Since launching SoMoLend, a startup that connects small businesses seeking loans with banks and individual lenders, Candace Klein has been an outspoken proponent of the JOBS Act, touting the law’s potential to unleash a flood of financing for small firms. Peer-to-peer lenders such as Lending Club and Prosper have already shown that individuals are willing to lend consumers billions, and Klein sought to bring the same crowdfunding principles to small businesses seeking loans.
Now Ohio’s securities regulator wants to shut her Cincinnati-based business down, alleging she lied to investors and sold securities without necessary licenses. The Ohio investigation provides ammunition to advocates who worry that the JOBS Act’s provisions will lead unsophisticated investors to be duped. (It’s worth noting that Lending Club and Prosper also tangled with regulators and emerged intact.)
The Ohio Division of Securities allegations, filed in June but first reported on Cincinnati.com yesterday, are best read in two parts. In the first, regulators allege that Klein misled potential investors in the company, at the same time violating the ban on general solicitation that will soon be lifted under the JOBS Act. That includes soliciting investors in a press release and projecting that her company would have $45.5 million in revenue in 2015. She also projected that the company would be worth $182 million in 2015.
Those numbers, the state says, don’t track: From the company’s launch in 2011 through March 7, 2013, 25 loans were funded on SoMoLend for a total of $234,000, generating $3,404 in commissions for the company, according to Ohio.
Projecting revenue five years out for a new company—and in a new industry, no less—is far from an exact science, and SoMoLend is hardly the first startup to make bold projections or wander onto the wrong side of the general solicitation ban. Still, the projections look worse in the context of remarks, cited in the regulatory documents, that Klein made earlier this year: “Always appeal to their greed first. If you always appeal to your audience’s greed first, then you can never fail.”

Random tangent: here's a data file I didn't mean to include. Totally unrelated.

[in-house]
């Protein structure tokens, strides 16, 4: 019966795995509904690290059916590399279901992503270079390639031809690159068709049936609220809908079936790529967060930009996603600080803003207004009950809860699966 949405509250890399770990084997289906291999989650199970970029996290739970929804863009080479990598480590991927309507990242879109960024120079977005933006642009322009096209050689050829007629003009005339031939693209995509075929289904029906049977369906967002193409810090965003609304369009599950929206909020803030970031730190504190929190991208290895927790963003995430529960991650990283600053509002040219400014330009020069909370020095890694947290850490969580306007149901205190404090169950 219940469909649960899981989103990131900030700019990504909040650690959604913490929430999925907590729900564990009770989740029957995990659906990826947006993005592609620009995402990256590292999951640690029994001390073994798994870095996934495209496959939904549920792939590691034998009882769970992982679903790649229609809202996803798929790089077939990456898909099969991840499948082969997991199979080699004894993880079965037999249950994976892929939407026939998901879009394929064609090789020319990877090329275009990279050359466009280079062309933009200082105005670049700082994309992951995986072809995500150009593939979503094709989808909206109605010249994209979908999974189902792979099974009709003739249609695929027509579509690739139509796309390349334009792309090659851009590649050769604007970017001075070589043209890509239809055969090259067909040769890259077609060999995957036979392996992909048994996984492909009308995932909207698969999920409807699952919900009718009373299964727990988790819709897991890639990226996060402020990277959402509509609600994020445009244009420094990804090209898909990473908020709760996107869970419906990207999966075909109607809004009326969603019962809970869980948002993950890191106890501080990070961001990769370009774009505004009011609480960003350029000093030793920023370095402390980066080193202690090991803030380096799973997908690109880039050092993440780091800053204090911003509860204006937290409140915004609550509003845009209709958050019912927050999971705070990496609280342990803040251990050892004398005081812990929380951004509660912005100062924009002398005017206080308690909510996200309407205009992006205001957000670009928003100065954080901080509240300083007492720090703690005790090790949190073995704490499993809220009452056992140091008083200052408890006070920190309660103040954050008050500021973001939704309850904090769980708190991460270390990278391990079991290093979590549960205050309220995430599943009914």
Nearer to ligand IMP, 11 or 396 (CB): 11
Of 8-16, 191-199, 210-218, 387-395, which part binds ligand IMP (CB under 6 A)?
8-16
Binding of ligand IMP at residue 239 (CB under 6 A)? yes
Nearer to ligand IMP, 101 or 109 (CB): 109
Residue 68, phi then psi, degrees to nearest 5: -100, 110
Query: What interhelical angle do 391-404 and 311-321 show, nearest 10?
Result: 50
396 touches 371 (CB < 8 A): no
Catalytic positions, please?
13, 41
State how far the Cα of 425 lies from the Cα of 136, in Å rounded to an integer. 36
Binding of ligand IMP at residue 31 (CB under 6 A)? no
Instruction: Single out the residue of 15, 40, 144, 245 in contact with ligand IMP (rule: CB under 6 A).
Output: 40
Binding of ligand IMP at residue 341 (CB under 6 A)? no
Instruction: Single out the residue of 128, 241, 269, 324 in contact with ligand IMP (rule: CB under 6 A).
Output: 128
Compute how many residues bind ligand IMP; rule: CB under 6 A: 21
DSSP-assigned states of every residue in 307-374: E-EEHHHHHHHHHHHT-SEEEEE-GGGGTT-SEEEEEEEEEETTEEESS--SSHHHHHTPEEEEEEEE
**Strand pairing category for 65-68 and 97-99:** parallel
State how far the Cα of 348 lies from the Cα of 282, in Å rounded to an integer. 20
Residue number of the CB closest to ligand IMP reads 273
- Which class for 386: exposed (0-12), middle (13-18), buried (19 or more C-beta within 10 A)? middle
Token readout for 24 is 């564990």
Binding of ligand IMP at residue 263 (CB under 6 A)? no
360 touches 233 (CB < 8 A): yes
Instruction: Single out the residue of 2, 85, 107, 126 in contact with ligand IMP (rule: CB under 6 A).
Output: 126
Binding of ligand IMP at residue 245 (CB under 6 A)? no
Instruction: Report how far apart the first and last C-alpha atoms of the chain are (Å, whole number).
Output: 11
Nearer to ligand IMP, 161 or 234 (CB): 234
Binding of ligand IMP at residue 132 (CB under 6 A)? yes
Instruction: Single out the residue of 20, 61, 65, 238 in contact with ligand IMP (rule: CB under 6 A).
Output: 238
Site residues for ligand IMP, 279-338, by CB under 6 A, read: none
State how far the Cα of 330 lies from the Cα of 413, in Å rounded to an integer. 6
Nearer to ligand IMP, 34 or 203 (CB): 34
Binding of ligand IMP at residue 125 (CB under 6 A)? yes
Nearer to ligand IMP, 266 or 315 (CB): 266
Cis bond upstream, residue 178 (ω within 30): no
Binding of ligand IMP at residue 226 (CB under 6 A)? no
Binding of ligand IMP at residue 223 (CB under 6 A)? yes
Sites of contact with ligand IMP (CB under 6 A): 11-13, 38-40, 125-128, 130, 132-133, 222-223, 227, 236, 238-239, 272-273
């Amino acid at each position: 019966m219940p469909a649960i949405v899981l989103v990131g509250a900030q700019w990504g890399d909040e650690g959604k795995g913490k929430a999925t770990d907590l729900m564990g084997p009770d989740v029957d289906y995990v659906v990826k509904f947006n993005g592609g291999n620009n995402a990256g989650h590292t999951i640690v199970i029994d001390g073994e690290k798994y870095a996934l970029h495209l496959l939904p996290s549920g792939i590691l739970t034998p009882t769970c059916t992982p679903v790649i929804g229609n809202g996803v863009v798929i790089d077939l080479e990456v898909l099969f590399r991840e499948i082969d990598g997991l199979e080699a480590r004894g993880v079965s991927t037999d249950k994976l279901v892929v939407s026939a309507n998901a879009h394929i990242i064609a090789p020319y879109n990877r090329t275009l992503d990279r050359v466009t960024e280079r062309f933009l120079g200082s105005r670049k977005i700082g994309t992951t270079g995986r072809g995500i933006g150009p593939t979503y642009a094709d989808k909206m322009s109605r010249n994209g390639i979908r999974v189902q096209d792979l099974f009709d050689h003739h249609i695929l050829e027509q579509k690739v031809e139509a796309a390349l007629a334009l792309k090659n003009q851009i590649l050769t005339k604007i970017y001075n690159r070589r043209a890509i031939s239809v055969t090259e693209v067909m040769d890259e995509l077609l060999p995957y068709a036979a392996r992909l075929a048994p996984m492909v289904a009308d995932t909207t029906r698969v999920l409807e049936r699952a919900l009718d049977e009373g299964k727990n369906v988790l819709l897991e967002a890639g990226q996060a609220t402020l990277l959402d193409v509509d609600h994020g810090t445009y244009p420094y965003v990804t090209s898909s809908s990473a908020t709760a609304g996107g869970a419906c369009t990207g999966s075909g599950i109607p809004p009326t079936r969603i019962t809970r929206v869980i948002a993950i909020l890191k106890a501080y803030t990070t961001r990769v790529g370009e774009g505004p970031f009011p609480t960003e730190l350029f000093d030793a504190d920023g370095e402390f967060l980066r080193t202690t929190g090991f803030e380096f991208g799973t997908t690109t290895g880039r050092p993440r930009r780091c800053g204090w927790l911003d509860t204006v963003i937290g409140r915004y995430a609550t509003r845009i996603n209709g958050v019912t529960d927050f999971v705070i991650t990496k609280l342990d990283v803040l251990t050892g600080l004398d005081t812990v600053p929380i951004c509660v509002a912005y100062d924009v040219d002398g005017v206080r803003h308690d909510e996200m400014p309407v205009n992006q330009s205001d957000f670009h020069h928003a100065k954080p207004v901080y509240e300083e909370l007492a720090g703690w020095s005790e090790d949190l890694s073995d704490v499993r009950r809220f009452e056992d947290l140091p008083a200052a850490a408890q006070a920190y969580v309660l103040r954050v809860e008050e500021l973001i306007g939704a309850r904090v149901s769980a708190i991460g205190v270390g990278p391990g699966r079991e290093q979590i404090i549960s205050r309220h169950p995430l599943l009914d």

SoMoLend has a hearing set for October, says Brian Hoyt, a spokesman for the state’s Division of Securities. Klein declined to comment because the process is still unfolding.
Less crucial to Ohio’s case against SoMoLend, but more important to the growing field of companies seeking to make peer-to-peer loans to small businesses, the securities regulator also said that SoMoLend lacked the proper licenses to serve as a middleman for loans made over its website. Peer-to-peer lending sites use a variety of approaches to stay on the right side of government regulators.
Lending Club, which expects to facilitate more than $2 billion in personal loans in 2013, registers each loan as a security, allowing people who aren’t rich enough to qualify as accredited investors to participate. Companies such as Endurance Lending Network and Dealstruck connect small businesses only with accredited investors. While it’s not clear from the regulatory documents who funded loans made over the SoMoLend website, the state says that neither SoMoLend nor Klein were licensed to conduct those transactions.
Ohio may simply be a bad place for peer-to-peer lending sites to do business. Neither Lending Club nor Prosper allow Ohio residents to invest in loans, and Andrea Seidt, who heads the state’s securities regulator, has written critically (pdf) about equity crowdfunding provisions in the JOBS Act. D.J. Paul, vice-chairman of industry group Crowdfund Intermediary Regulatory Advocates, says it appears that Ohio “is coming after the industry through SoMoLend,” adding that the case may have “a chilling effect.” If that’s the case, Klein probably should have known as much, given her past tenure chairing CFIRA.
With the SEC still finalizing rules governing equity crowdfunding, Ohio’s case against Klein may damage the industry she has helped pioneer. If she gets shut down, other startups tackling peer-to-peer lending to small businesses could get scared away. “She was a very active voice, and still is,” says Peter Renton, founder of Lend Academy, which publishes information on peer-to-peer lenders. ”If the allegations are true, it’s very bad news for anyone in the community.”